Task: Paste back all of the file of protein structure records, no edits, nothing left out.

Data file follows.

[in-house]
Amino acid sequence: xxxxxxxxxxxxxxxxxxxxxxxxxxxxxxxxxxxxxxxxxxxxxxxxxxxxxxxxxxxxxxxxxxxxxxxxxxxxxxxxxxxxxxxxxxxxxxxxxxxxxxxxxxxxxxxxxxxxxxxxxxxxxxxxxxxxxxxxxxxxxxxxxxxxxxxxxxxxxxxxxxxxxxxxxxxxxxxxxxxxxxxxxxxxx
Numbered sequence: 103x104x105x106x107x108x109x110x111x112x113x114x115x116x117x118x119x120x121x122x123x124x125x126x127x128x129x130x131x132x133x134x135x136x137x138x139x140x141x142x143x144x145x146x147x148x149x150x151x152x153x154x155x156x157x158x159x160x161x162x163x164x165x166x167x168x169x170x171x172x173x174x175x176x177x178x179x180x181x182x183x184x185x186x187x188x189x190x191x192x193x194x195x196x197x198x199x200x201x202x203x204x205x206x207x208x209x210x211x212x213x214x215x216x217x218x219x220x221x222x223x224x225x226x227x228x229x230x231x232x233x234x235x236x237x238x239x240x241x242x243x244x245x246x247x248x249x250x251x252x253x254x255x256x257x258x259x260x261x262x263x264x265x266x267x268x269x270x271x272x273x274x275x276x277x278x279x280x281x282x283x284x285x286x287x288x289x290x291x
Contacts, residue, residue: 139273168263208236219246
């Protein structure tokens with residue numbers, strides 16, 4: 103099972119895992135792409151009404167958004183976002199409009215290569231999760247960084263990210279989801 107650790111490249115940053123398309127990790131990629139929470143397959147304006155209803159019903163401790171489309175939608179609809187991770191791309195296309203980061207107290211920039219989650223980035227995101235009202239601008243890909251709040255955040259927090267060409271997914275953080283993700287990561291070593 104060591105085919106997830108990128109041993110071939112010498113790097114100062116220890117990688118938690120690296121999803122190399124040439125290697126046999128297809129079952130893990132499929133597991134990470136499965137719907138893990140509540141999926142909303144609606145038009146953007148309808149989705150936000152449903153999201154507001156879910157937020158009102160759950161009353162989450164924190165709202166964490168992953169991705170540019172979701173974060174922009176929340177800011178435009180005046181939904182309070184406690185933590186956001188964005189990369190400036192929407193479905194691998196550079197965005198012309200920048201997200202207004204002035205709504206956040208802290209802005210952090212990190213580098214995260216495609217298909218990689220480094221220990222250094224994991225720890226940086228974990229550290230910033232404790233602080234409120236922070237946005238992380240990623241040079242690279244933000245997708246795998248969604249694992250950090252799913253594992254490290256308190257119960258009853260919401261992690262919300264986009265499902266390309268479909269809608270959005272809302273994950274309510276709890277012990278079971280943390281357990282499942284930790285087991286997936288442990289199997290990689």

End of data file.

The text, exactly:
[in-house]
Amino acid sequence: xxxxxxxxxxxxxxxxxxxxxxxxxxxxxxxxxxxxxxxxxxxxxxxxxxxxxxxxxxxxxxxxxxxxxxxxxxxxxxxxxxxxxxxxxxxxxxxxxxxxxxxxxxxxxxxxxxxxxxxxxxxxxxxxxxxxxxxxxxxxxxxxxxxxxxxxxxxxxxxxxxxxxxxxxxxxxxxxxxxxxxxxxxxxx
Numbered sequence: 103x104x105x106x107x108x109x110x111x112x113x114x115x116x117x118x119x120x121x122x123x124x125x126x127x128x129x130x131x132x133x134x135x136x137x138x139x140x141x142x143x144x145x146x147x148x149x150x151x152x153x154x155x156x157x158x159x160x161x162x163x164x165x166x167x168x169x170x171x172x173x174x175x176x177x178x179x180x181x182x183x184x185x186x187x188x189x190x191x192x193x194x195x196x197x198x199x200x201x202x203x204x205x206x207x208x209x210x211x212x213x214x215x216x217x218x219x220x221x222x223x224x225x226x227x228x229x230x231x232x233x234x235x236x237x238x239x240x241x242x243x244x245x246x247x248x249x250x251x252x253x254x255x256x257x258x259x260x261x262x263x264x265x266x267x268x269x270x271x272x273x274x275x276x277x278x279x280x281x282x283x284x285x286x287x288x289x290x291x
Contacts, residue, residue: 139273168263208236219246
């Protein structure tokens with residue numbers, strides 16, 4: 103099972119895992135792409151009404167958004183976002199409009215290569231999760247960084263990210279989801 107650790111490249115940053123398309127990790131990629139929470143397959147304006155209803159019903163401790171489309175939608179609809187991770191791309195296309203980061207107290211920039219989650223980035227995101235009202239601008243890909251709040255955040259927090267060409271997914275953080283993700287990561291070593 104060591105085919106997830108990128109041993110071939112010498113790097114100062116220890117990688118938690120690296121999803122190399124040439125290697126046999128297809129079952130893990132499929133597991134990470136499965137719907138893990140509540141999926142909303144609606145038009146953007148309808149989705150936000152449903153999201154507001156879910157937020158009102160759950161009353162989450164924190165709202166964490168992953169991705170540019172979701173974060174922009176929340177800011178435009180005046181939904182309070184406690185933590186956001188964005189990369190400036192929407193479905194691998196550079197965005198012309200920048201997200202207004204002035205709504206956040208802290209802005210952090212990190213580098214995260216495609217298909218990689220480094221220990222250094224994991225720890226940086228974990229550290230910033232404790233602080234409120236922070237946005238992380240990623241040079242690279244933000245997708246795998248969604249694992250950090252799913253594992254490290256308190257119960258009853260919401261992690262919300264986009265499902266390309268479909269809608270959005272809302273994950274309510276709890277012990278079971280943390281357990282499942284930790285087991286997936288442990289199997290990689």